OBJECTIVE: To assess incidence, determinants and clinical consequences of suboptimal immune recovery in HIV-1 infected adults in sub-Saharan Africa with sustained viral suppression on antiretroviral therapy (ART).
DESIGN: Multicountry prospective cohort.
METHODS: Suboptimal immune recovery was defined as proportions of participants who failed to attain clinically relevant CD4 cell count thresholds (>200, >350 and >500 cells/μl) despite sustained viral suppression on continuous first-line ART. Participants were censored at the earliest of death, loss to follow-up, last viral load less than 50 copies/ml, or database closure. Determinants of immune recovery were assessed using multivariable Cox regression. We estimated incidence rates of AIDS, pulmonary tuberculosis and all-cause mortality for CD4 strata.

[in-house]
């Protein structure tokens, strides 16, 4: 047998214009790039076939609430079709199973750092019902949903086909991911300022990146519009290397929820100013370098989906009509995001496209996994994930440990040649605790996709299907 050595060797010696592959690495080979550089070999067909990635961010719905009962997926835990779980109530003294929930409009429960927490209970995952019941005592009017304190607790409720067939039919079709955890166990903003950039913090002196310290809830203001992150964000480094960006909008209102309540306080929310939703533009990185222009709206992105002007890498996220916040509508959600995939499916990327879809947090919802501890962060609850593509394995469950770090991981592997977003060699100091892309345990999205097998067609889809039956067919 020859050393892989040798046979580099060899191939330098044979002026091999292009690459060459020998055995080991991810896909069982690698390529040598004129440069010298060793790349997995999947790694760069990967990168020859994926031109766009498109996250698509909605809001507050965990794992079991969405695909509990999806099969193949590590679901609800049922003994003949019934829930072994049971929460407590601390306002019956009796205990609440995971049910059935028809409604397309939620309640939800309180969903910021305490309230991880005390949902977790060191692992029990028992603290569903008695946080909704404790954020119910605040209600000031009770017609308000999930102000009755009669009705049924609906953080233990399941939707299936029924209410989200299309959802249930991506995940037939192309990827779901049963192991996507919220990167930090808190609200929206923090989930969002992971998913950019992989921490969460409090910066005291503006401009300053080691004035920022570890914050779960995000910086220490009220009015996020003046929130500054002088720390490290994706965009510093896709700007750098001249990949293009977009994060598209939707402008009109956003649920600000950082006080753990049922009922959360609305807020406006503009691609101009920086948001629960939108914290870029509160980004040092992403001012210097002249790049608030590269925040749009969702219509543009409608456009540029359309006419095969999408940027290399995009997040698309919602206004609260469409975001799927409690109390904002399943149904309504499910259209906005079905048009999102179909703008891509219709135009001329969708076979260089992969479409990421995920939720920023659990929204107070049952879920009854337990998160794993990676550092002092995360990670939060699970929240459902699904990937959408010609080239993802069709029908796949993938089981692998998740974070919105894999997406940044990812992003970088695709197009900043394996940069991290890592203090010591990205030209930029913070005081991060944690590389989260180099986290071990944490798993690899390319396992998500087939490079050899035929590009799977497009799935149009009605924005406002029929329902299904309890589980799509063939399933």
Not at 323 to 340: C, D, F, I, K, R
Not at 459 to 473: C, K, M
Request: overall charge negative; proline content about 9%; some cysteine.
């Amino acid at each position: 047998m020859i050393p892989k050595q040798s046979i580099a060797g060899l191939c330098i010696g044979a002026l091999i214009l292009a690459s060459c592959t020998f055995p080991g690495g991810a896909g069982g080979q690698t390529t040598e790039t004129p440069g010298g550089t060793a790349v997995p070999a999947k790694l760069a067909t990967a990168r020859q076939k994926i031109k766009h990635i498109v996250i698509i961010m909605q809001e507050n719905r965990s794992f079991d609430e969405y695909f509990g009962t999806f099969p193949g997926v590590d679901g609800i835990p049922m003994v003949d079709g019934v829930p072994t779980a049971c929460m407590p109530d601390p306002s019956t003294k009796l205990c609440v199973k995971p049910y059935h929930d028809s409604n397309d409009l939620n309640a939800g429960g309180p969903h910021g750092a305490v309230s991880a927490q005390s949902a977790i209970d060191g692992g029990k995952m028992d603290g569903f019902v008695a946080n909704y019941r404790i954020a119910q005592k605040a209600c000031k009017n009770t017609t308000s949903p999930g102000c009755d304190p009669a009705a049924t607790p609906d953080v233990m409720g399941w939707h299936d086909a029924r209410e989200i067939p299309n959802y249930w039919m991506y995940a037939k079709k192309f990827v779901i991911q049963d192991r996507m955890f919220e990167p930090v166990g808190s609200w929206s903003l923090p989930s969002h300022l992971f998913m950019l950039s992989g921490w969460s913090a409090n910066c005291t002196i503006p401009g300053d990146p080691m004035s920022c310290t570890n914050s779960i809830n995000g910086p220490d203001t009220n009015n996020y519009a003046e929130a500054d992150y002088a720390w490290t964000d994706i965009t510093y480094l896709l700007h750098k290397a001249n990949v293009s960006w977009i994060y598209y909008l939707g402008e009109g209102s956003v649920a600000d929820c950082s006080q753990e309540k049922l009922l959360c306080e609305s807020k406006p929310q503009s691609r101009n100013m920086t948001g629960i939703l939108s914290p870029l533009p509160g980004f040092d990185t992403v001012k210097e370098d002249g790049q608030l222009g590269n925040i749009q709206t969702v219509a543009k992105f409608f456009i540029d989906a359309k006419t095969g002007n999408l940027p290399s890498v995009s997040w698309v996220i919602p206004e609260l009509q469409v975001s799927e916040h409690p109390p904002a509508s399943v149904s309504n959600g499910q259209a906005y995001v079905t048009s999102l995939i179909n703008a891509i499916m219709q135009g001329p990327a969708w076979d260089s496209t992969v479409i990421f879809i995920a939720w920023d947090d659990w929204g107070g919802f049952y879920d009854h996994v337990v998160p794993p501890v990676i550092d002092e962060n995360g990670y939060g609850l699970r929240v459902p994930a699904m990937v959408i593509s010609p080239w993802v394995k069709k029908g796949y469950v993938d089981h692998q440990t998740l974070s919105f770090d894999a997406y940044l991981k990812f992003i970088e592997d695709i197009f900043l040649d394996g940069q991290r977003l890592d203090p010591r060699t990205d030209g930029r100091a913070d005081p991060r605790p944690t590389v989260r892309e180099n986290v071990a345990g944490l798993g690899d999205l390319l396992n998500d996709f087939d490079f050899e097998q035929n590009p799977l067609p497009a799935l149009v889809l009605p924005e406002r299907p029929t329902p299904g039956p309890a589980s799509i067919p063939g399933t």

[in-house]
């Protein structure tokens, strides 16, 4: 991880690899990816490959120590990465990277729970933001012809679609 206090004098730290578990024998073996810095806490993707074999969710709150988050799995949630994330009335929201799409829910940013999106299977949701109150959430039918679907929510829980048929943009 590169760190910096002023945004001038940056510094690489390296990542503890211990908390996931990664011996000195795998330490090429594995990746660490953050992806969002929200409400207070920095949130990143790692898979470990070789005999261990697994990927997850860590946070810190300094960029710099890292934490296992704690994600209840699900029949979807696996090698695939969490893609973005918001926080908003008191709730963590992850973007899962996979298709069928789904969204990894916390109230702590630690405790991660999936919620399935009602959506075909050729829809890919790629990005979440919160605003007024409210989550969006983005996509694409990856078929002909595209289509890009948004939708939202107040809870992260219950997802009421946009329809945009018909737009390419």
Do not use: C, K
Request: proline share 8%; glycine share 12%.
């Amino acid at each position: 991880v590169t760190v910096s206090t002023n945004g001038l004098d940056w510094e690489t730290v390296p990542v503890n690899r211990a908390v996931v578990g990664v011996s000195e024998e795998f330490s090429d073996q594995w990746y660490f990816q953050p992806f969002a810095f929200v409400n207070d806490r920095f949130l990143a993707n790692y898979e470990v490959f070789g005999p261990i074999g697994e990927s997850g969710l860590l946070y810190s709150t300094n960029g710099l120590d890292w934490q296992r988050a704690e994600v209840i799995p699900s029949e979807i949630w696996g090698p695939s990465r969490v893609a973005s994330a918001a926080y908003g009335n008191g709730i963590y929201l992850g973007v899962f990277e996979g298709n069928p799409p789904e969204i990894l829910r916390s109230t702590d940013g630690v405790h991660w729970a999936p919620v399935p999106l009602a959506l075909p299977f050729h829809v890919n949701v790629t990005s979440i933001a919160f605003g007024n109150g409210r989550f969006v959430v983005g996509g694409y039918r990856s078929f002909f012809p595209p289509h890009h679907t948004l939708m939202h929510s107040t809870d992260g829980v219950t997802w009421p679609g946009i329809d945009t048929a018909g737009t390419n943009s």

RESULTS: One thousand, five hundred and ninety-two participants were included; 60% were women, median age was 37 years (IQR 31-43) and median pre-ART CD4 cell count was 147 cells/μl (IQR 76-215). After 6 years of ART, suboptimal immune recovery at CD4 cell counts less than 200 cells/μl, less than 350 cells/μl, and less than 500 cells/μl occurred in 7, 27, and 57% of participants, respectively. Compared with participants with CD4 cell count greater than 500 cells/μl, on-ART incidence rates were 12.5, 4.1, 0.9 times higher for AIDS and 16.9, 3.5, and 2.3 times higher for pulmonary tuberculosis in participants with CD4 cell count less than 200, 200-349, and 350-499 cells/μl, respectively. All-cause mortality was highest in participants with CD4 cell count less than 200 cells/μl, and comparable across the higher CD4 strata. Older age, male sex, and lower pre-ART CD4 cell count were strongly associated with suboptimal immune recovery.
CONCLUSION: These findings warrant close clinical and laboratory monitoring until adequate immune reconstitution is achieved and support early ART initiation before decline of CD4 cell count.